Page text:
CATEGORIES Horror, Theatrical Reviews, Fantastic Fest, Toronto International Film Festival, Cinematical Indie, Toronto Film Festival, Reviews, Cinematical
At last year's Fantastic Fest I caught a flick called Broken, which I thought was an interesting if somewhat flawed piece of ultra-grungy survival horror -- but still a solid enough movie to make me wonder what newcomer Adam Mason would come up with next. So I'm pleased to note that Mr. Mason's latest effort, a tale of demonic insanity entitled The Devil's Chair, is a marked improvement over Broken -- which is still worth seeing, by the way, once it hits DVD next month ... but only if you're a serious horror freak.
Anyway, Mason's second effort is a gore-drenched tale that focuses on a strange chair that's located in a horrible old lunatic asylum. We open with a horny young couple of lovers who (very unwisely) decide to do some drugs and have some sex in the abandoned loony bin -- but when the pretty young gal sits down in the DEVIL'S CHAIR, all sorts of splattery hell breaks loose. Poor Nick is then shipped off to a (functioning) asylum for about four years. And then a powerfully short-sighted psychology professor signs some papers, springs Nick from the nut-house, and demands a guided tour of the home of the demonic chair.
And then all splattery hell REALLY breaks loose. Suffice to say that not only do our main characters come across the mysterious chair -- but at one point or another they all decide to sit in the thing! (Gah! Morons!) Seems that this chair acts as a rusty and clamp-laden portal to another dimension in which a ravenous demon resides. To say much more would spoil some of the fun -- but it's not like The Devil's Chair is a densely-plotted affair. Matter of fact, it's quite refreshingly simple and straightforward. You'll get a few slick surprises along the way, but The Devil's Chair is not out to re-invent the wheel ... just to give it another bloody little spin.
Mason and co-writer Simon Boyes are clearly more than well-versed in the realm of modern horror flicks. Our sorta-hero makes a few clever references to Hellraiser and Pumpkinhead at the outset, and then delivers a nastily amusing diatribe to the "gore-whores" near the finale. So if you're someone who's sitting down for a full-bore extra-gooey horror flick like The Devil's Chair, you can take comfort in the fact that you're being manipulated by some storytellers who love the same flicks you do.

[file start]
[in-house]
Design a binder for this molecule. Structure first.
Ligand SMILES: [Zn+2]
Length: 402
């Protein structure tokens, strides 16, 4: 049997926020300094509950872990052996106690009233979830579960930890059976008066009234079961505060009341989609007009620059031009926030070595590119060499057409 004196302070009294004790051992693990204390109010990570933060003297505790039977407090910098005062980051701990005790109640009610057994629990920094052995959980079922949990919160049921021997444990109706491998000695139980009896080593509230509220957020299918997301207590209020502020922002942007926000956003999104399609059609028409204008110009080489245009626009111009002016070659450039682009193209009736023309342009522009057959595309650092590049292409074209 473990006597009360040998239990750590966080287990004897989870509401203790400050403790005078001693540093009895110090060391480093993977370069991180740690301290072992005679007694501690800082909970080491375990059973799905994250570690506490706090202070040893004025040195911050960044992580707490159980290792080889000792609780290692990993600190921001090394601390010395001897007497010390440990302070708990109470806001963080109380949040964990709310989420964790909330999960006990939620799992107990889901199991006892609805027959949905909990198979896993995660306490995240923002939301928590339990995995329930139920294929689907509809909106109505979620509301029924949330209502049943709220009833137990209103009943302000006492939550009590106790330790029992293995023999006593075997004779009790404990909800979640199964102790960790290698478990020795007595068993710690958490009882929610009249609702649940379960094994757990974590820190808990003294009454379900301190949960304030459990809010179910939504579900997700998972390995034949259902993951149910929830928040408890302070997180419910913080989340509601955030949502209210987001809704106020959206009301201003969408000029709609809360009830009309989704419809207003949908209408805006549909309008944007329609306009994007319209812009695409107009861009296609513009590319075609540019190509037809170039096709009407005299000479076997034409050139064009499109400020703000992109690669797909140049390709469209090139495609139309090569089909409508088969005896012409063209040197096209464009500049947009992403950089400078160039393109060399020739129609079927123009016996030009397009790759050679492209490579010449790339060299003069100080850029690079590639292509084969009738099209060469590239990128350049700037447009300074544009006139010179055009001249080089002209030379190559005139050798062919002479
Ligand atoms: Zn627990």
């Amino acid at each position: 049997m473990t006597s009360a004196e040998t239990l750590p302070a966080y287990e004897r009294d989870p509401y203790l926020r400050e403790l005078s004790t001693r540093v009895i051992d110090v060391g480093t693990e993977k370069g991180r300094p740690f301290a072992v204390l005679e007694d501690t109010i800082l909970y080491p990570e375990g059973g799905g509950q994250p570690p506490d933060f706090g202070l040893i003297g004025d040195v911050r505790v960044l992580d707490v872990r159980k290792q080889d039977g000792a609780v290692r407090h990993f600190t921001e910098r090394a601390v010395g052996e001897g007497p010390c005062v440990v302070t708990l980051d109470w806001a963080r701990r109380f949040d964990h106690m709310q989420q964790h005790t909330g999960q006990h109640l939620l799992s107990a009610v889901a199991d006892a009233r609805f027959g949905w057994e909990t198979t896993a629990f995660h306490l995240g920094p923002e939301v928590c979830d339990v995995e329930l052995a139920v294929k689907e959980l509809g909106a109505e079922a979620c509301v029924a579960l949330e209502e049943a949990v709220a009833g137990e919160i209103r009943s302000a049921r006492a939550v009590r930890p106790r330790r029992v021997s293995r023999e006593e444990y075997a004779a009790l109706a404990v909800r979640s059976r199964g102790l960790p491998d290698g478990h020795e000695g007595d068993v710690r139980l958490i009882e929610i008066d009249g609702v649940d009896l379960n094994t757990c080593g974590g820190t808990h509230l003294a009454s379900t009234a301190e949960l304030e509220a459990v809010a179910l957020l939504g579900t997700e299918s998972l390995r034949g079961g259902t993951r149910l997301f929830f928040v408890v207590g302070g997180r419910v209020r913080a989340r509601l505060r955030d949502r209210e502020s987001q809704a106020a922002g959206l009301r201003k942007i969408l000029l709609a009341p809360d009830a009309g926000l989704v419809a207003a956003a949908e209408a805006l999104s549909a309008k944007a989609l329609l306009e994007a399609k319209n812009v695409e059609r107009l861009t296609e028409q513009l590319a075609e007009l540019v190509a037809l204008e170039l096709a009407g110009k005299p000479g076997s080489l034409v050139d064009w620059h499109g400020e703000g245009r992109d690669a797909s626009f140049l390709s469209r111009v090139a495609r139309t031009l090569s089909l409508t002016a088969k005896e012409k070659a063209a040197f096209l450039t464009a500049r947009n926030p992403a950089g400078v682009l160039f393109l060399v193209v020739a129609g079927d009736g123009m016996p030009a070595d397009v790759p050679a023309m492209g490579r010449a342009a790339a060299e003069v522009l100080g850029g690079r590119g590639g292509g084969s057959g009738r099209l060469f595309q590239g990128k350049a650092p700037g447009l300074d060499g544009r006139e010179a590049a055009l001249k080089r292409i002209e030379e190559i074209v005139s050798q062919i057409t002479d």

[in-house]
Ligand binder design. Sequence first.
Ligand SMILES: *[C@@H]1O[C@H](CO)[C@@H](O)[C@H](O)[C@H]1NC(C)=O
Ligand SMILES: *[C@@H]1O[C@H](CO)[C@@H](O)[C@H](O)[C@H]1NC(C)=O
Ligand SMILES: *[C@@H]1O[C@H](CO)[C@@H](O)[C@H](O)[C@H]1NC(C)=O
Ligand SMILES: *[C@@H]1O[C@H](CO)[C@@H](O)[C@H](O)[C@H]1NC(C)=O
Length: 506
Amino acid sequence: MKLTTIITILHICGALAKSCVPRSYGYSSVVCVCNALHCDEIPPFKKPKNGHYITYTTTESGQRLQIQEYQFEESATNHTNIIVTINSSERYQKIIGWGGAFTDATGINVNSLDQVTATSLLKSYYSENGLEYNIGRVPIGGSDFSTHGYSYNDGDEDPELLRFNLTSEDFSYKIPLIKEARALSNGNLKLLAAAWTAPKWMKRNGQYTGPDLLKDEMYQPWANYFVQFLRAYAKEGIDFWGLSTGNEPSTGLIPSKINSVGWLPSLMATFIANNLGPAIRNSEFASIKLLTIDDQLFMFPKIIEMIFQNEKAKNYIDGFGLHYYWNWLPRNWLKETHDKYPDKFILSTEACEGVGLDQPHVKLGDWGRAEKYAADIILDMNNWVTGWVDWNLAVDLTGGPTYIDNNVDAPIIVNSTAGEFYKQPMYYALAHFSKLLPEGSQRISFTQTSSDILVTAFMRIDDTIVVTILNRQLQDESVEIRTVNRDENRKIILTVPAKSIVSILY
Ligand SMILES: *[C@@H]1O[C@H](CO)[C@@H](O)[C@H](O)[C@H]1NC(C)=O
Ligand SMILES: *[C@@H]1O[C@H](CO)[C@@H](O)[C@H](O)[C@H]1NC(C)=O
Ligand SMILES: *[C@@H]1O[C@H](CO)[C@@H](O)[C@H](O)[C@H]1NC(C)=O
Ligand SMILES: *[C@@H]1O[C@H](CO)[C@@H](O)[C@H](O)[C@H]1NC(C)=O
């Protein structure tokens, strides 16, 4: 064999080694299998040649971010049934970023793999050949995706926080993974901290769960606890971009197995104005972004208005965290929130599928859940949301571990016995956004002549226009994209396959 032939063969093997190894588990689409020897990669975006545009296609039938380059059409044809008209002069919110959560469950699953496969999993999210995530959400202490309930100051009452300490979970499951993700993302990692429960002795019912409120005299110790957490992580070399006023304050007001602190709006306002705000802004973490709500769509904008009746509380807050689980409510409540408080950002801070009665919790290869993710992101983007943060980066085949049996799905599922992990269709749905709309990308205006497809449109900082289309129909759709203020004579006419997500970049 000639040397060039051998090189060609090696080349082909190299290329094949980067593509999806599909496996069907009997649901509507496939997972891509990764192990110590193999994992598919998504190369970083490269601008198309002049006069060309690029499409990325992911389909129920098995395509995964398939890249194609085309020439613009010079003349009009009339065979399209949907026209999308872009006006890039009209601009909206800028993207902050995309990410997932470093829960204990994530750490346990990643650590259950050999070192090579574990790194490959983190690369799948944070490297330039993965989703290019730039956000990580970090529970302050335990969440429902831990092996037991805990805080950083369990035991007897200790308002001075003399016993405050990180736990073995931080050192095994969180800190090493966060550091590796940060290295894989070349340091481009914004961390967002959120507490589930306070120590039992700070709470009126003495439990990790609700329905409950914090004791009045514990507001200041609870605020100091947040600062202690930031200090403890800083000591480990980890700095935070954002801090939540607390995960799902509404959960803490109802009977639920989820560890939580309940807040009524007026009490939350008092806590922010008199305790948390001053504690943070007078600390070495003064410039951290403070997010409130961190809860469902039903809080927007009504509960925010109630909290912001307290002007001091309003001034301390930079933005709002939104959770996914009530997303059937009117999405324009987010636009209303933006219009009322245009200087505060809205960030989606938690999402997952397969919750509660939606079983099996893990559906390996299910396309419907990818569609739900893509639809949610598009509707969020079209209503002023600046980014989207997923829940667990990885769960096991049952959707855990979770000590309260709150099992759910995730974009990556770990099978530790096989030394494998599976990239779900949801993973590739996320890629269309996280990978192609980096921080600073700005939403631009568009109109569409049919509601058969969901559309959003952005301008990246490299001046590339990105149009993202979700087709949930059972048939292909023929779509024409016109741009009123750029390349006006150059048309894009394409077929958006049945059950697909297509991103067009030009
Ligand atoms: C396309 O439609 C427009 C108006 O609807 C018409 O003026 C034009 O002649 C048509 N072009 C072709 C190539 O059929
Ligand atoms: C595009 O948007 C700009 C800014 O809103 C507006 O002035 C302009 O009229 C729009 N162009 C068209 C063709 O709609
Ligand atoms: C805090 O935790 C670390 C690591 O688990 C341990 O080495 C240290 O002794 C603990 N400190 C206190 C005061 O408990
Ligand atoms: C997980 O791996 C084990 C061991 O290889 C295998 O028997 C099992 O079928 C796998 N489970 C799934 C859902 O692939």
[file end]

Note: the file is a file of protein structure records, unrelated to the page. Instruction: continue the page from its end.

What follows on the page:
The character list is a broadly colorful batch of cliches: Aside from the Stataham-esque intensity of Nick (Andrew Howard), we also get the sweet-faced good girl (Elize du Toit), the highly-suspect mega-hottie (Louise Griffiths), the painfully obnoxious joker guy (Matt Berry), and the overwhelmingly pretentious professor (David Gant, who over-emotes so wildly that the resulting humor simply must have been intentional). The quintet bumbles through the wonderfully creepy asylum before focusing its attention on the chair...
But again, I almost spoiled the fun. The Devil's Chair might not be a mini-masterpiece or a cult classic waiting to happen, but it's definitely a solid step up for the admirably astute Adam Mason. (You really can tell when a new horror-maker is faking it, and when he knows his stuff -- and I'd bet my entire John Carpenter DVD collection that Mason and Boyes really know their stuff, inside-out and with much geeky enthusiasm.) With only two horror flicks under his belt, Mason's already a guy to keep an eye on. Between the surprisingly excellent look of The Devil's Chair (from the cinematography to the creature work and the gore-geysers), the unexpectedly powerful lead performance from Howard, the screenplay that wavers between grimly disturbing and darkly amusing, and the appreciably brisk clip -- heck, I'm already looking forward to the sequel.